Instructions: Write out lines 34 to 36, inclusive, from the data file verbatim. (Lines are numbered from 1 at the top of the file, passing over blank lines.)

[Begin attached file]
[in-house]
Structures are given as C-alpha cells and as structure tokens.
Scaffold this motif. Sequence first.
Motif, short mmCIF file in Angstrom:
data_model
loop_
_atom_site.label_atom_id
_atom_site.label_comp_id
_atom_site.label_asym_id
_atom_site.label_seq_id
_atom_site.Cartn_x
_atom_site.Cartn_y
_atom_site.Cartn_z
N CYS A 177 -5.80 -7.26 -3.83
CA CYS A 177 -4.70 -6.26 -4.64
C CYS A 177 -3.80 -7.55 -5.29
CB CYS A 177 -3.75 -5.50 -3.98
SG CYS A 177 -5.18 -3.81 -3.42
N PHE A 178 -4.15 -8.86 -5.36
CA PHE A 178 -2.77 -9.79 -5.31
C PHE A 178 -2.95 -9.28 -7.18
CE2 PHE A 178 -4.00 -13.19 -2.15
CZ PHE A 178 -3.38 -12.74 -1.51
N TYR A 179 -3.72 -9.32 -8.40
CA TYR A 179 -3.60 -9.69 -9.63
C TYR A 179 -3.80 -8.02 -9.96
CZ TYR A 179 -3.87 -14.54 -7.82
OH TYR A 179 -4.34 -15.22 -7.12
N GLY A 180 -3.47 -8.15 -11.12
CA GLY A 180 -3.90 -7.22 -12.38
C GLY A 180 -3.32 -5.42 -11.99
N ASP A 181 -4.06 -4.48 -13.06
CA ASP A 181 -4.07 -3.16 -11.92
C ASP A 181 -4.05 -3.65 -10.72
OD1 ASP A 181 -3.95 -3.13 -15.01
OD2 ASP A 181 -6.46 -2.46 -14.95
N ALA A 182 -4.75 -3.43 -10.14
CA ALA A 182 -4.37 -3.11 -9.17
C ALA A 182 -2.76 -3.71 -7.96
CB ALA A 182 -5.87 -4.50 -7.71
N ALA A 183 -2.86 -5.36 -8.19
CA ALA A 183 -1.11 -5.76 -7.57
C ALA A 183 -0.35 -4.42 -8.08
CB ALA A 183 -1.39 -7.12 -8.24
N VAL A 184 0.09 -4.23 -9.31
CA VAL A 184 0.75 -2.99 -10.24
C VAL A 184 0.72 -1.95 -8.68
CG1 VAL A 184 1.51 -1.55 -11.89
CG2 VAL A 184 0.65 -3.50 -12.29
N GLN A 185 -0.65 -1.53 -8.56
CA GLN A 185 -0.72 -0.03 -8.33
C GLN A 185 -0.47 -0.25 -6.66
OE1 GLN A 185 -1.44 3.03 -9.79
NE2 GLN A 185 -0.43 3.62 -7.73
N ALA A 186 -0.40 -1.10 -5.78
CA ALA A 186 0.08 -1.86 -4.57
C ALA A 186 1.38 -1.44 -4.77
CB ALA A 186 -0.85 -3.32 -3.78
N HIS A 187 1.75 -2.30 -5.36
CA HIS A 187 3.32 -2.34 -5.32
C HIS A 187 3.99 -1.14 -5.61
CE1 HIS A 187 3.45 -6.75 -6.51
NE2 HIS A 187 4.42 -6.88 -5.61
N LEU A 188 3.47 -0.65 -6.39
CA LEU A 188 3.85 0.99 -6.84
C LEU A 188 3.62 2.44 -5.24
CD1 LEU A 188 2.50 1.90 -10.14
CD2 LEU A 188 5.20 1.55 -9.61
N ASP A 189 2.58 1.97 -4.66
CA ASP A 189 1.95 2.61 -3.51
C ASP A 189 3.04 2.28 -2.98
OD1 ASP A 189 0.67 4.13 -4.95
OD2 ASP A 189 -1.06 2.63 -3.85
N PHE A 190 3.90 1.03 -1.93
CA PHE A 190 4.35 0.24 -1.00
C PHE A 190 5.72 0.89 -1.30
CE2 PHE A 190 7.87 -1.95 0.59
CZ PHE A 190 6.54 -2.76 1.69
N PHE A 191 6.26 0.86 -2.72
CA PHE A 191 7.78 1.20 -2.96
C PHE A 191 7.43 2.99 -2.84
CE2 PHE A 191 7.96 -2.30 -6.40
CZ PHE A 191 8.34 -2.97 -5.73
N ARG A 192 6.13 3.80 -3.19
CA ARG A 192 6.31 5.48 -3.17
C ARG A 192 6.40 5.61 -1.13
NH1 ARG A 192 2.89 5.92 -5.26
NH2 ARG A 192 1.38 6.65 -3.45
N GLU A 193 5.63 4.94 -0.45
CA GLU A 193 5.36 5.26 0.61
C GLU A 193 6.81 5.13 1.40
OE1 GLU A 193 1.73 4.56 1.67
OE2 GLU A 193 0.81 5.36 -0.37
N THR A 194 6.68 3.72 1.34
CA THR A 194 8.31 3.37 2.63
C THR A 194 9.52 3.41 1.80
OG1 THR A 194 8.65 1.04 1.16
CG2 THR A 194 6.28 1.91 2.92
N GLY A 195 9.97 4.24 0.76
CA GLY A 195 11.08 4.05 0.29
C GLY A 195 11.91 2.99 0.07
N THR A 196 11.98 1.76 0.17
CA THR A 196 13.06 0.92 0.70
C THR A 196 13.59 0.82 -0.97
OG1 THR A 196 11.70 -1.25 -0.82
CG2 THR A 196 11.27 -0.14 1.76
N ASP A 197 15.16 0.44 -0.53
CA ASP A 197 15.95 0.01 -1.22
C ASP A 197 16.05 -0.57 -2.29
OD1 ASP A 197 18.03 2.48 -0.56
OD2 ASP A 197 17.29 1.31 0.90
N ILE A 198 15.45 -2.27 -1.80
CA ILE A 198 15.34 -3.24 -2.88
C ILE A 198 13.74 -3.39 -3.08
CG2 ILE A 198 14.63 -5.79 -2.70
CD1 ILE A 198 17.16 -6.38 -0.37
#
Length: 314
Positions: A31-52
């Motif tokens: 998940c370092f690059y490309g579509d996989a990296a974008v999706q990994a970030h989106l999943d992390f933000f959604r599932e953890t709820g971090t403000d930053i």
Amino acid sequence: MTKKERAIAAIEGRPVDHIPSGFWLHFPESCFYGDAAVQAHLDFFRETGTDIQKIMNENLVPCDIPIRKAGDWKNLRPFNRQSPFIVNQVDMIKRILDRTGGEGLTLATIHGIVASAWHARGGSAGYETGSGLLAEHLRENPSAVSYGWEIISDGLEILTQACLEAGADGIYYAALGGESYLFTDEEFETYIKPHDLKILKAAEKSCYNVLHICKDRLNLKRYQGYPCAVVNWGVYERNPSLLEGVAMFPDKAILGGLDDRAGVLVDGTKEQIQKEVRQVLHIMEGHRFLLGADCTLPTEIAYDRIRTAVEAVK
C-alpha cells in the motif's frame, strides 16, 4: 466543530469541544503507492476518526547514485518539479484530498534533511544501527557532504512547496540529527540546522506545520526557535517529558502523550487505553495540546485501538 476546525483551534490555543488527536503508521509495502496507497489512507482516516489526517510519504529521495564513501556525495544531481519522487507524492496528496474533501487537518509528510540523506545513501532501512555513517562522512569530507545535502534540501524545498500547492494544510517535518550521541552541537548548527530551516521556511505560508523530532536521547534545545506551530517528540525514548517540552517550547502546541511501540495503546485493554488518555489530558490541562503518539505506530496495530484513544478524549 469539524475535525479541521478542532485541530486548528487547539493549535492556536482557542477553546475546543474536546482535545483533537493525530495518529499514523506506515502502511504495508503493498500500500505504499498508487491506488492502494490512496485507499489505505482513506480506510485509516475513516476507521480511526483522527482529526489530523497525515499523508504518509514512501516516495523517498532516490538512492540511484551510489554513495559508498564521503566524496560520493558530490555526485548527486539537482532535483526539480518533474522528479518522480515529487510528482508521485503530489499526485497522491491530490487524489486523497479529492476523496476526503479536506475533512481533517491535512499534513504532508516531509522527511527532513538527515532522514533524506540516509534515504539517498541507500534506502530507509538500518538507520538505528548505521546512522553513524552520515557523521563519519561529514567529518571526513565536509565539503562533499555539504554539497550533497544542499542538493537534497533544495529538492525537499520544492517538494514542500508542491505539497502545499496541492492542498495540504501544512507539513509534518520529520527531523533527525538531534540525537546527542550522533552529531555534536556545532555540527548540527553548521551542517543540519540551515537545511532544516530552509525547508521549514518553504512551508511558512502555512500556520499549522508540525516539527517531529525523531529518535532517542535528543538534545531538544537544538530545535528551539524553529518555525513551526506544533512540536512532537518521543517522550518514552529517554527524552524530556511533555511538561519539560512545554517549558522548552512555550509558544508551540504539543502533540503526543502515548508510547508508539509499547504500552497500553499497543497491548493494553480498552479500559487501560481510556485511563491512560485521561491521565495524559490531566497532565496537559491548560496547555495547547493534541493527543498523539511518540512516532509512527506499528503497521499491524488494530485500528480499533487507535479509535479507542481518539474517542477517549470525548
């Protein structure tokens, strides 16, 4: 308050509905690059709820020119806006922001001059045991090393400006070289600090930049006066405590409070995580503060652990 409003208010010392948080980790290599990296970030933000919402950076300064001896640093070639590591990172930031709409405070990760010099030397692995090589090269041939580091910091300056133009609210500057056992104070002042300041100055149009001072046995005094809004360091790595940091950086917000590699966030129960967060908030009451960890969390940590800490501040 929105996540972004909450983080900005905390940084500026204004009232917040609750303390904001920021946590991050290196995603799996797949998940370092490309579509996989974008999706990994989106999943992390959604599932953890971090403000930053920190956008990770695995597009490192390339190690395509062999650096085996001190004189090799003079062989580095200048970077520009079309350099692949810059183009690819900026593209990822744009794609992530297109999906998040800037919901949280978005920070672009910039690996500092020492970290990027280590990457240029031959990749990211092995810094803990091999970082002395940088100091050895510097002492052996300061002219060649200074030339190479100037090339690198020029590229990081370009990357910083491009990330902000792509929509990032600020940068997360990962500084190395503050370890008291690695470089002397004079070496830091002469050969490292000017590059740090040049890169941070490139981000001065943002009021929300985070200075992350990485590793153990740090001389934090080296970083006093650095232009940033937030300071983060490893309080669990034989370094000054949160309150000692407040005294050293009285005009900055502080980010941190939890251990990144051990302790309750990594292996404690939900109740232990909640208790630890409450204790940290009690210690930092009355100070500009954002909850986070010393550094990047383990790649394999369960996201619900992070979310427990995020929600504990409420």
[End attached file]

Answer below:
C ASP A 181 -4.05 -3.65 -10.72
OD1 ASP A 181 -3.95 -3.13 -15.01
OD2 ASP A 181 -6.46 -2.46 -14.95